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Reinhard Müller, FAZ: Stabbing the Universal Declaration of Human Rights in the back for the 60th birthday

Otto Kolbl

Eleanor Roosevelt 1948 with the Universal Declaration of Human Rights, at whose elaboration  she played an important role. Photo: US Administration 1948.

Eleanor Roosevelt with the Universal Declaration of Human Rights, at whose elaboration she played an important role. Photo: US Administration 1949.

Reinhard Müller graduated in law and has also written a PhD in this field. Since 1998 he works for the Frankfurter Allgemeine Zeitung (FAZ), one of the most prestigious German newspapers. He is specialized on topics related to law and justice, which is why he wrote the editorial on December 10th 2008 for the 60th anniversary of the Universal Declaration of Human Rights. The result was more of a knife in the back of this fundamental text. The only explanation which I can come up with is that the author did not even read the text which he pretended to honour.

In his article, he stresses again and again that the human rights are a "moral obligation spanning the whole world" ("Eine weltumspannende Verpflichtung"), which is also the article title. He argues against the perception that they represent a "Western crusade" and quotes examples where states all over the world open up to this concept. He promotes the building of an international justice system where the people can sue for their rights. All this belongs to the fundamental principles of human rights.

However, when addressing the question what rights belong to the human rights, his article is in stark contradiction with the text which he pretends to defend:

Auf der anderen Seite ist eine gewisse Übersättigung und Überforderung nicht zu leugnen. Soziale Rechte wie ein Recht auf Arbeit (das nicht als Anspruch auf einen Arbeitsplatz missverstanden werden darf) wie auch Gruppenrechte – an erster Stelle das Selbstbestimmungsrecht der Völker – haben ebenfalls eine lange Tradition. Doch eine zügige weltweite Durchsetzung deutscher Sozial- und Minderheitenstandards wäre nicht nur anmaßend, sondern gegenüber den "unterentwickelten" Ländern auch ungerecht. [emphasis mine]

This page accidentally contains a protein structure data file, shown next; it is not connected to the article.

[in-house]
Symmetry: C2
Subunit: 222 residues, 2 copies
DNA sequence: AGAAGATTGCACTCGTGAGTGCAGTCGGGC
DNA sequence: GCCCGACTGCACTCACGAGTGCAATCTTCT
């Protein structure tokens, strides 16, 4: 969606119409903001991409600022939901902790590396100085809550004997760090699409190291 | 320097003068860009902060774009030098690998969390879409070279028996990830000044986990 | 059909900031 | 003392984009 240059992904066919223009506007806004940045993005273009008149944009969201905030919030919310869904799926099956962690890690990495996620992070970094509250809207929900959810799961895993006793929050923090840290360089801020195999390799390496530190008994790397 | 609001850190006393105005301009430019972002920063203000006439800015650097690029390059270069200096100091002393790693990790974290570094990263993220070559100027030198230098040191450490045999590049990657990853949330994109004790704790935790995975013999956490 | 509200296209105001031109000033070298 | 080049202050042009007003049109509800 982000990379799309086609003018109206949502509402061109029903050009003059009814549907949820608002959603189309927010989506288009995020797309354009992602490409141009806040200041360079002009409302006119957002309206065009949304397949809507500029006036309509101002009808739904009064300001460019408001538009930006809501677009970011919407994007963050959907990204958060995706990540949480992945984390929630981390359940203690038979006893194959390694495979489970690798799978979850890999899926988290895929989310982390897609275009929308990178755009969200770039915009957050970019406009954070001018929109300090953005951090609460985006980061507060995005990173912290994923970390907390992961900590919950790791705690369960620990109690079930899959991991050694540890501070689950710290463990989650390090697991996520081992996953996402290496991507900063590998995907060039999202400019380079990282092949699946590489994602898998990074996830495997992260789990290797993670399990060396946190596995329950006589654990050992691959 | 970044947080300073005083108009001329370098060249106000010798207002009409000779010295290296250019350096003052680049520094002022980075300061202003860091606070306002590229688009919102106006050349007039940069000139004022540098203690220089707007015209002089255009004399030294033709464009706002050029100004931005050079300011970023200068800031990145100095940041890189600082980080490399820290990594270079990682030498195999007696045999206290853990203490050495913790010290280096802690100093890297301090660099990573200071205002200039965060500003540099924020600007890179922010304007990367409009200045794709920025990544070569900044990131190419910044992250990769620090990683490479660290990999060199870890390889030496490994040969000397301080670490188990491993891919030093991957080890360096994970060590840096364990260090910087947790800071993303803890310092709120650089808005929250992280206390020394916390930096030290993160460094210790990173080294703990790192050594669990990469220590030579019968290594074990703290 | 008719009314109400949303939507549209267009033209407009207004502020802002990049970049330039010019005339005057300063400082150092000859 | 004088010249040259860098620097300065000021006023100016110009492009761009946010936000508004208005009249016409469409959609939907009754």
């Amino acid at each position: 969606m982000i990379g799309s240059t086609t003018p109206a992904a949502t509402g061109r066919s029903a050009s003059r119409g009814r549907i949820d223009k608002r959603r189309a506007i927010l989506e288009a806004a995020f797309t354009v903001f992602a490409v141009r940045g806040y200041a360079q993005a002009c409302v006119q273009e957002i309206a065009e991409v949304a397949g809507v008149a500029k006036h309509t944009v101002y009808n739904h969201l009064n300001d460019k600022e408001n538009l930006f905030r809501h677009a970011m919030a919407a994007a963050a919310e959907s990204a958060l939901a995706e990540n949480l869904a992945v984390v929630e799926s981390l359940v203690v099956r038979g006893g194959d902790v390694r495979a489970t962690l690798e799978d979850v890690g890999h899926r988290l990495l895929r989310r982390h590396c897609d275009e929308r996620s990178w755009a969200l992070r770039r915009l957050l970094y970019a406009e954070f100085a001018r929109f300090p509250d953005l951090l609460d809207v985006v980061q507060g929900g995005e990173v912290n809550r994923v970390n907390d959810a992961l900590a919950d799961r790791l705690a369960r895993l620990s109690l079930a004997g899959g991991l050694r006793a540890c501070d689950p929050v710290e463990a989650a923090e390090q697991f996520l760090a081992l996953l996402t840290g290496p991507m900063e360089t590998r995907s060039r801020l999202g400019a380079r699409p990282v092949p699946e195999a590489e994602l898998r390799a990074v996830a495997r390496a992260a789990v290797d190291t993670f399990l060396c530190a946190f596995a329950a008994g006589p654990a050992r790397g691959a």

On the other hand, a certain oversaturation and overstressing can not be denied. Social rights like the right to work (which should not be misinterpreted as a right to a job) or collective rights – in the first place the right to self-governance of the people – have also got a long tradition. But trying to impose rapidly the German standards in the field of social security and the protection of minorities would not only be pretentious, it would also be unjust towards "underdeveloped" countries. [translation mine, emphasis mine]

The social rights are detailed in six articles (22-27) of the Declaration. The right to work is clearly part of them:

Article 23.

(1) Everyone has the right to work, to free choice of employment, to just and favourable conditions of work and to protection against unemployment.

The text also contains clear indications about how these rights are to be understood:

Article 22.

Everyone, as a member of society, has the right to social security and is entitled to realization, through national effort and international co-operation and in accordance with the organization and resources of each State, of the economic, social and cultural rights indispensable for his dignity and the free development of his personality.

Even when you take the social rights seriously, you can in no way require a fast implementation of German standards, as Müller pretends to fear, because the "resources of each State" must be taken into consideration. Within the framework of the UN, the international community has repeatedly affirmed that as well the civil and political rights as the economic, social and cultural rights are intimately linked and form together the human rights.

It is quite remarkable that at the time when the Declaration was elaborated, mainly communist and "under-developed" Third-World countries pleaded for including the economic, social and cultural rights into the human rights., whereas most Western industrialized states preferred to forget about them.

Even after both aspects were included into the UN human rights tools, the West has always tried to ignore this fact. Müller's article is therefore not a Western crusade for human rights, it is part of a crusade lead by many Western jurists, politicians and media in order to amputate the human rights of an important part (see our article Europe and human rights – the history of a silent amputation). So far, this crusade has had a remarkable success.